STOLTENBERG: Again, I think it will be wrong to jump to conclusions. So that's one of the issues which we certainly go through. The independent commission is going to go through and also the media is already looking into. I think that's good to have an open debate on how did our intelligence sources react to information they got beforehand.

At the same time, I think we have to understand that this is as far, as you know, the act of one man, a lonely wolf. The problem with detecting that kind of terrorism is that there's no organization. There's no information. So it's hard to detect when it's only one man working by himself.

MORGAN: Your country suffered its worst ever terrorist outrage that day. What are your feelings toward the man that did this?

STOLTENBERG: Actually, I don't have so much feelings about him at all. I have concentrated myself, my feelings on those who lost their loved ones, to give them care, sympathy, and I have not devoted so much my -- how should I say -- thinking or focus to that man. I lead him to the courts, to the -- to our -- to the judges to decide. And he will get the sentence he deserves.

MORGAN: We're going to take a short break. When we come back, I want to talk to you about the U.N. You're here in New York for the big conference. Specifically about President Obama's announcement today that his way of tackling the financial crisis is going to be by primarily abased by going after the rich.

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MORGAN: Back now with my guest, Jens Stoltenberg, the prime minister of Norway. Prime minister, you're here in New York for the United Nations General Assembly. But I want to talk to you about President Obama, because he's come to New York today. It's obviously a big day for him and the Assembly.

He's chosen today to announce his attack now on the financial crisis in America, which is to tax the rich in a much heavier way. What is your reaction to that as a world leader?

STOLTENBERG: As prime minister of Norway, I fully understand him, because compared to, for instance, Norway, rich people pay much less taxes in the U.S. than in Norway.

MORGAN: Do they? What is the comparative taxation?

STOLTENBERG: In Norway, the average tax on people earning more than one million will be around 50 percent or something.

MORGAN: So significantly higher?

STOLTENBERG: Yeah. So I understand that there has to be a balance. I think everyone understands that there has to be a balance between income and expenditures. When you have a deficit, like you now have in the United States, there are two ways of doing something with that. You can reduce expenditures. I think that's needed.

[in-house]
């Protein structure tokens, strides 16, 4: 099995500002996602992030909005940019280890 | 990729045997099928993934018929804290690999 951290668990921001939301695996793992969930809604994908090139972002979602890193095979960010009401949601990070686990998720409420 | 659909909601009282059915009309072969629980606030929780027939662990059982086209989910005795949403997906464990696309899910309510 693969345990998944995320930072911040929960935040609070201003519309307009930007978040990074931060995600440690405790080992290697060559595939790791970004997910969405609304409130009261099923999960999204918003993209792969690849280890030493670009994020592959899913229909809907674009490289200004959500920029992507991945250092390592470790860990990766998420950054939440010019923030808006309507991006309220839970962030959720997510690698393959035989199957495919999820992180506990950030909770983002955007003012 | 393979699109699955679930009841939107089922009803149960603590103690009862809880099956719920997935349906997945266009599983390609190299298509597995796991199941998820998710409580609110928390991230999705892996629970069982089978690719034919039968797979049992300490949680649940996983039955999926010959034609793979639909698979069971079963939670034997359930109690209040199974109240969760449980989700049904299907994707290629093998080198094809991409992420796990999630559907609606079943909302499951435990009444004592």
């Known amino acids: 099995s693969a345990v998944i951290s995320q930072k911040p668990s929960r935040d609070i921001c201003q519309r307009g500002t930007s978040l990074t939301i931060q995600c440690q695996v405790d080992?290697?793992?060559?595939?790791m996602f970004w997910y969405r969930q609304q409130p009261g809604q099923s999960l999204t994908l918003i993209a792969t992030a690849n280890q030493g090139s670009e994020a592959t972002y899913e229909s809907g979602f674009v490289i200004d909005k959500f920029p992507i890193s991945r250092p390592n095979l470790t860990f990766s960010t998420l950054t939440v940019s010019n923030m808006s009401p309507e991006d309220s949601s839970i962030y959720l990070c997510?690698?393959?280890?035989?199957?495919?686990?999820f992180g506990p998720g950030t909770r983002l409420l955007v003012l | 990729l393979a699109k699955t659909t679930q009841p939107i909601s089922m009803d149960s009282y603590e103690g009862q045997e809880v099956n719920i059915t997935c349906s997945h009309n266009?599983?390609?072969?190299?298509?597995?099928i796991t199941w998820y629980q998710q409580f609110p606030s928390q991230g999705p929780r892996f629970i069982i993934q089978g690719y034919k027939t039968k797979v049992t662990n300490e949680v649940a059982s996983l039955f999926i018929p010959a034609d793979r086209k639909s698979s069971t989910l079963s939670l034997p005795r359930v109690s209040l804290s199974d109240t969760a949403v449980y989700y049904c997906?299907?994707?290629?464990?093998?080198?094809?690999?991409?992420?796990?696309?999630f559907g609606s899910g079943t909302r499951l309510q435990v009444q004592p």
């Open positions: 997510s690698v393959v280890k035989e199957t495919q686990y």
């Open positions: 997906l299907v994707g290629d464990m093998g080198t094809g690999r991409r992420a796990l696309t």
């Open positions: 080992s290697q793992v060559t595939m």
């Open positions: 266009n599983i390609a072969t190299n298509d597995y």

At the same time, it might be a good idea also to increase income. And those who have most should most probably also contribute a bit more than they do today.

MORGAN: How concerned are you about what's happening with the European Union. I mean, look at Greece, which is on the verge of defaulting potentially. There are other countries in very precarious financial situations in the Union. Many in America are saying, what is happening to Europe? What's your overview?

STOLTENBERG: I'm concerned. There are many reasons to be concerned, particularly because there is a dangerous trap, in a way, that many European economists have moved into. They have high unemployment. At the same time, they have low growth.

Normally, the answer to that should be to increase public expenditures to stimulate growth. That's not possible, because they have so high debts. So it's a serious situation. And we all have to support efforts by the IMF and also by the European Union to organize packages, economic assistance to help those countries who are really in deep trouble.

MORGAN: You're making a speech at the Clinton Global Initiative about climate change. I'm sure as you're aware, many of the Republican candidates for the nomination to take on the president in the next election in America believe that climate change is an invention of mad scientists. How would you feel if one of them became president?

STOLTENBERG: I believe that it's dangerous to say that all those scientists are telling us that this is dangerous were wrong. Of course, we can never be certain. But to wait until we are certain can be too late. I think it's a good approach to do something and to have some kind of insurance -- to be willing to pay an insurance premium to reduce this -- to reduce the risk of really dangerous consequences of global warming.

MORGAN: Prime minister, thank you very much indeed.

STOLTENBERG: Thank you so much.

MORGAN: That was Jens Stoltenberg, the prime minister of Norway. That's all for us tonight. "AC 360" starts right now.